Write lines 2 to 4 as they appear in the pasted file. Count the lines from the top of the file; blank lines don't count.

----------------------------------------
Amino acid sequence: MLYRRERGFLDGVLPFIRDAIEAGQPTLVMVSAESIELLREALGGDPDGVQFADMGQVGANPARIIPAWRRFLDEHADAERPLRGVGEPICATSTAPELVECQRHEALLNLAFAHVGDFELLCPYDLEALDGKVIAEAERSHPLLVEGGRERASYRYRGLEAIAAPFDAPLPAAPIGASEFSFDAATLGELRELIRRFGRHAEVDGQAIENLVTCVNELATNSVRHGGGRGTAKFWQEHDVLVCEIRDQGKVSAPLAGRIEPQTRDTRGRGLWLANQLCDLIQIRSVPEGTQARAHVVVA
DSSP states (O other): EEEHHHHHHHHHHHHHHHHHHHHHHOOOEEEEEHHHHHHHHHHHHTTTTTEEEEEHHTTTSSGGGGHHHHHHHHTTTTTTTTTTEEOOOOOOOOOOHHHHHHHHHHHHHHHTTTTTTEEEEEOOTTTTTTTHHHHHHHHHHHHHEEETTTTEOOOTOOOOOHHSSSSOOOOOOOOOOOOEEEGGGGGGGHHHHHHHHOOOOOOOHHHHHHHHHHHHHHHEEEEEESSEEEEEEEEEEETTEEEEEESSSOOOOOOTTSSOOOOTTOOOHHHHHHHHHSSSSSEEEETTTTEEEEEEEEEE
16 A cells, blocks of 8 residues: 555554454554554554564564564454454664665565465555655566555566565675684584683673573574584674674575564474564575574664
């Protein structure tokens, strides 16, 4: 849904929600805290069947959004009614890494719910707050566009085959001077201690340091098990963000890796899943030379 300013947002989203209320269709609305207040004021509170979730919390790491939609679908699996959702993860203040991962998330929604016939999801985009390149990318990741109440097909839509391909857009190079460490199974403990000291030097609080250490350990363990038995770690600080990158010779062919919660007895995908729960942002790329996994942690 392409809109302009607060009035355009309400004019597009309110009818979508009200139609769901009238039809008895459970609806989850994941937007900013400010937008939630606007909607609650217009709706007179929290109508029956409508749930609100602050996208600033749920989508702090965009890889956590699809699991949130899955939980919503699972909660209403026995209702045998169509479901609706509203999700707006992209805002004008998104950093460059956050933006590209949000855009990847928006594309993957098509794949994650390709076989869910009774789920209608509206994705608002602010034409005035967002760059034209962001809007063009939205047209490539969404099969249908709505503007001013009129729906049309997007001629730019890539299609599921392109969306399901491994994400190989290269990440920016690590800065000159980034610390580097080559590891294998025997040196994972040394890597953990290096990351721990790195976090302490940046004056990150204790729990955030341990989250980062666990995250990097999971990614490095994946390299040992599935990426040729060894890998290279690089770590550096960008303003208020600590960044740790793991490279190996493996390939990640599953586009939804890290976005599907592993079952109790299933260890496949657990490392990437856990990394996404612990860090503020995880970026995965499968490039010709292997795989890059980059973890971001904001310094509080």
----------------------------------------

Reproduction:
DSSP states (O other): EEEHHHHHHHHHHHHHHHHHHHHHHOOOEEEEEHHHHHHHHHHHHTTTTTEEEEEHHTTTSSGGGGHHHHHHHHTTTTTTTTTTEEOOOOOOOOOOHHHHHHHHHHHHHHHTTTTTTEEEEEOOTTTTTTTHHHHHHHHHHHHHEEETTTTEOOOTOOOOOHHSSSSOOOOOOOOOOOOEEEGGGGGGGHHHHHHHHOOOOOOOHHHHHHHHHHHHHHHEEEEEESSEEEEEEEEEEETTEEEEEESSSOOOOOOTTSSOOOOTTOOOHHHHHHHHHSSSSSEEEETTTTEEEEEEEEEE
16 A cells, blocks of 8 residues: 555554454554554554564564564454454664665565465555655566555566565675684584683673573574584674674575564474564575574664
């Protein structure tokens, strides 16, 4: 849904929600805290069947959004009614890494719910707050566009085959001077201690340091098990963000890796899943030379 300013947002989203209320269709609305207040004021509170979730919390790491939609679908699996959702993860203040991962998330929604016939999801985009390149990318990741109440097909839509391909857009190079460490199974403990000291030097609080250490350990363990038995770690600080990158010779062919919660007895995908729960942002790329996994942690 392409809109302009607060009035355009309400004019597009309110009818979508009200139609769901009238039809008895459970609806989850994941937007900013400010937008939630606007909607609650217009709706007179929290109508029956409508749930609100602050996208600033749920989508702090965009890889956590699809699991949130899955939980919503699972909660209403026995209702045998169509479901609706509203999700707006992209805002004008998104950093460059956050933006590209949000855009990847928006594309993957098509794949994650390709076989869910009774789920209608509206994705608002602010034409005035967002760059034209962001809007063009939205047209490539969404099969249908709505503007001013009129729906049309997007001629730019890539299609599921392109969306399901491994994400190989290269990440920016690590800065000159980034610390580097080559590891294998025997040196994972040394890597953990290096990351721990790195976090302490940046004056990150204790729990955030341990989250980062666990995250990097999971990614490095994946390299040992599935990426040729060894890998290279690089770590550096960008303003208020600590960044740790793991490279190996493996390939990640599953586009939804890290976005599907592993079952109790299933260890496949657990490392990437856990990394996404612990860090503020995880970026995965499968490039010709292997795989890059980059973890971001904001310094509080």